Mundane git commit-tree tricks, Part 4: Changing a squash to a merge

Raymond Chen

Suppose you performed a git merge --squash, and then later realized that you meant it to be a true merge rather than a squash merge.

In diagrams, suppose you have this:

A M1 ← ← ← M2   master
    F1 F2       feature

From a starting commit A, the master branch continues with a commit M1. From that same starting commit A, a feature branch adds commits F1 and F2. Now you decide to take the feature branch into the master branch, and you resolve the merge as a squash. This means that the resulting commit M2 technically has only a single parent M1. The other alleged parent F2 is just a dotted line, indicating that it is just a figment of your imagination.

You then realize that you should have accepted the feature branch as a true merge rather than a squash. What can you do?

Naturally, you could hard reset the master branch back to M1 and redo the merge. But that means you have to redo all the merge conflicts, and that may have been quite an ordeal. And if that was a large merge, then even in the absence of conflicts, you still have a lot of files being churned in your working directory.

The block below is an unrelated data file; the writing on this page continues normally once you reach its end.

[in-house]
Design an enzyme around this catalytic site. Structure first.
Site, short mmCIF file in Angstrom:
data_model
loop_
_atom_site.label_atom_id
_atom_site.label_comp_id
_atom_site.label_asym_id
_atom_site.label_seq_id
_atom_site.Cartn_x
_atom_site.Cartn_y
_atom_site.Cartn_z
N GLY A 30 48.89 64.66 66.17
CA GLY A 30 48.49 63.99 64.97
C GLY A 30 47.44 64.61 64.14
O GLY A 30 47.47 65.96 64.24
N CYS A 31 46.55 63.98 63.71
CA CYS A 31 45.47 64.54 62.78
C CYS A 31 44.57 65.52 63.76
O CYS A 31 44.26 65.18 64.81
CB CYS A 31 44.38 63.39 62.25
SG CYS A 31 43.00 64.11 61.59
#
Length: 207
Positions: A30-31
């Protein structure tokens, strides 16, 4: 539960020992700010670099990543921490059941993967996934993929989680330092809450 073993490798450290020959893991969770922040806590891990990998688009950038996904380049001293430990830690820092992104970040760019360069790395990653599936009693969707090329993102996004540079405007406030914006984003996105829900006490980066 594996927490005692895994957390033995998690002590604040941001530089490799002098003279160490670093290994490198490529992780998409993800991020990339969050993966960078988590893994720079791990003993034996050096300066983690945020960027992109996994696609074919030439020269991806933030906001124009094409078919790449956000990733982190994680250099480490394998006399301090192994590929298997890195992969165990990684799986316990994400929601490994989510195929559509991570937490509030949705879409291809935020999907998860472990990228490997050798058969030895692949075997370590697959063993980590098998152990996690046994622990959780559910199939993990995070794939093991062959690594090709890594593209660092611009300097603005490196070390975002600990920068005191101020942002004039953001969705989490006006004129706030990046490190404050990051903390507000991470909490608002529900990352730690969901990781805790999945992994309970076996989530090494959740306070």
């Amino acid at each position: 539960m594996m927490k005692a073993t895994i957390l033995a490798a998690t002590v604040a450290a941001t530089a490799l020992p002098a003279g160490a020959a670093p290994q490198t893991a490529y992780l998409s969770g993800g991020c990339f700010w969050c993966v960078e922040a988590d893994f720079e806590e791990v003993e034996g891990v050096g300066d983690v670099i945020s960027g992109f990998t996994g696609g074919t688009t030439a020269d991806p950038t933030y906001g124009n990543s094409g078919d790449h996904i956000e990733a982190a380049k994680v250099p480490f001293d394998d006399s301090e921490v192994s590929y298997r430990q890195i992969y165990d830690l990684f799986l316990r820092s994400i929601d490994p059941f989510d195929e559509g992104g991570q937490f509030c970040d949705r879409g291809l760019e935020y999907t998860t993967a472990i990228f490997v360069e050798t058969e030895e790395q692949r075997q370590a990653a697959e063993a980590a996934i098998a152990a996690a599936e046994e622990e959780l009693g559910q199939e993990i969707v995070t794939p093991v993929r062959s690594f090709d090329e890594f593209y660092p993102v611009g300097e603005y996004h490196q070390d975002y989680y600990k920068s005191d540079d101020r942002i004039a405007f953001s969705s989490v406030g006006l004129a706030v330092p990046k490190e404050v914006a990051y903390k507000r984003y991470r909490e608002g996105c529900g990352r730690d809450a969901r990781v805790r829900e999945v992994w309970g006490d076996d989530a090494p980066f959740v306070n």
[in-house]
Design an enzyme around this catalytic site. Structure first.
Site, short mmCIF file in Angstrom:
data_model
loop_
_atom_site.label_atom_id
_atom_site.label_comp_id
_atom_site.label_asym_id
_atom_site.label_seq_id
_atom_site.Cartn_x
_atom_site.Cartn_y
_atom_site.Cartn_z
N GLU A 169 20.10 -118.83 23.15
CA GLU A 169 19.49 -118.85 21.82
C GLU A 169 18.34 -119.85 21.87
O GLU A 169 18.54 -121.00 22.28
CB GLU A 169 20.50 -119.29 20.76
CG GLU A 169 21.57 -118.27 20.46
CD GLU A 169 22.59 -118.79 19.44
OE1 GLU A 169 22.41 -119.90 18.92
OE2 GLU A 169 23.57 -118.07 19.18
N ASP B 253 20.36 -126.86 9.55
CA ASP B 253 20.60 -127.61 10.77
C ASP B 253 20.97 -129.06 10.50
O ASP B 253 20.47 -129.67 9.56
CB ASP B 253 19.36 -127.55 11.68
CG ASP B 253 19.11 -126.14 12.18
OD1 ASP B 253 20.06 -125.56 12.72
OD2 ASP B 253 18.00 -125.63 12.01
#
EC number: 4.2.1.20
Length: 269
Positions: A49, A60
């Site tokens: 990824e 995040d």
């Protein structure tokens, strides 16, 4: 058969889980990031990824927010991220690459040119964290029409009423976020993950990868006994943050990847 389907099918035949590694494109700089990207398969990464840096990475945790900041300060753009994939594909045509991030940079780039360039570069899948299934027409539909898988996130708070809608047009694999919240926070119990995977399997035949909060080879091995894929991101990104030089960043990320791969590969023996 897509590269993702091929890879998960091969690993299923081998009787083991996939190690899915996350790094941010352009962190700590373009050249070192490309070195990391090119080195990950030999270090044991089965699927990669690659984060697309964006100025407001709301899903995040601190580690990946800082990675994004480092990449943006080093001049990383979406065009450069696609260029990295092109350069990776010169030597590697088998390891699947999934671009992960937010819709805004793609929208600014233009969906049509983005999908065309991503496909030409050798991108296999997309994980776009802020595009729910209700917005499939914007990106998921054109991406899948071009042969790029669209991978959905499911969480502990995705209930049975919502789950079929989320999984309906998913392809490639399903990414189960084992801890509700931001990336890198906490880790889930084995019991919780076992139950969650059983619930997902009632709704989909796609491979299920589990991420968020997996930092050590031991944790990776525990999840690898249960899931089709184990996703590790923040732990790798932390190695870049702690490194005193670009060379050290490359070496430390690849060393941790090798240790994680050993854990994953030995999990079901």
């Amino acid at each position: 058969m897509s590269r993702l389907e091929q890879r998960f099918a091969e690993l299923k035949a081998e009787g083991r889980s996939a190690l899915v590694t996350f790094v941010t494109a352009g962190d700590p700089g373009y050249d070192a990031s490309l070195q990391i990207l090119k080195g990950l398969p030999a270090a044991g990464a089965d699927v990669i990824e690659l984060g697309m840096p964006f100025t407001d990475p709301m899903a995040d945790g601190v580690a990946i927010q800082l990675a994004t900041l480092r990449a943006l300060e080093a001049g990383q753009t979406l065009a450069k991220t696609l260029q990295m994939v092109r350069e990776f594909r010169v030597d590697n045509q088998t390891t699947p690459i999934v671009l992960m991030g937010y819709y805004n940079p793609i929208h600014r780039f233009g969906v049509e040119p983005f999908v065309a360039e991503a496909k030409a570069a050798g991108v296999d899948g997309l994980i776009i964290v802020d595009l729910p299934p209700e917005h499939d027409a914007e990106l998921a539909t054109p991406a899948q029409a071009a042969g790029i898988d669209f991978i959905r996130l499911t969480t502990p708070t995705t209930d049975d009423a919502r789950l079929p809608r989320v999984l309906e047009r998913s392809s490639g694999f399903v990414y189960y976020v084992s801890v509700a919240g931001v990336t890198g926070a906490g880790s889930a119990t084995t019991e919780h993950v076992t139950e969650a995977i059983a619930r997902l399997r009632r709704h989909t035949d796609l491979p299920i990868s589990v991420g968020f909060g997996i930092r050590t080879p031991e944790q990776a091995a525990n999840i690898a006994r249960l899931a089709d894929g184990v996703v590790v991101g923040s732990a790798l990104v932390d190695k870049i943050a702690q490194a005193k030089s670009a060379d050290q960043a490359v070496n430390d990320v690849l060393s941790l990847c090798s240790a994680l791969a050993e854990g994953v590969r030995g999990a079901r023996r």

Much faster is simply to create the commit you want and reset to it.

git commit-tree HEAD^{tree} -p HEAD~ -p F2 -m comment

Note: If using the Windows CMD command prompt, you need to type

git commit-tree HEAD^^{tree} -p HEAD~ -p F2 -m comment

for reasons discussed earlier.

This creates a tree identical to what is currently checked in (which is the merge result), whose parents are M1 and F2. In other words, it colors in the dotted line.

A M1 ← ← ← *   master
  ↖︎       ↙︎
    F1 F2       feature

The result of the git commit-tree command is a hash printed to stdout. You can git reset to that hash to make that the branch head.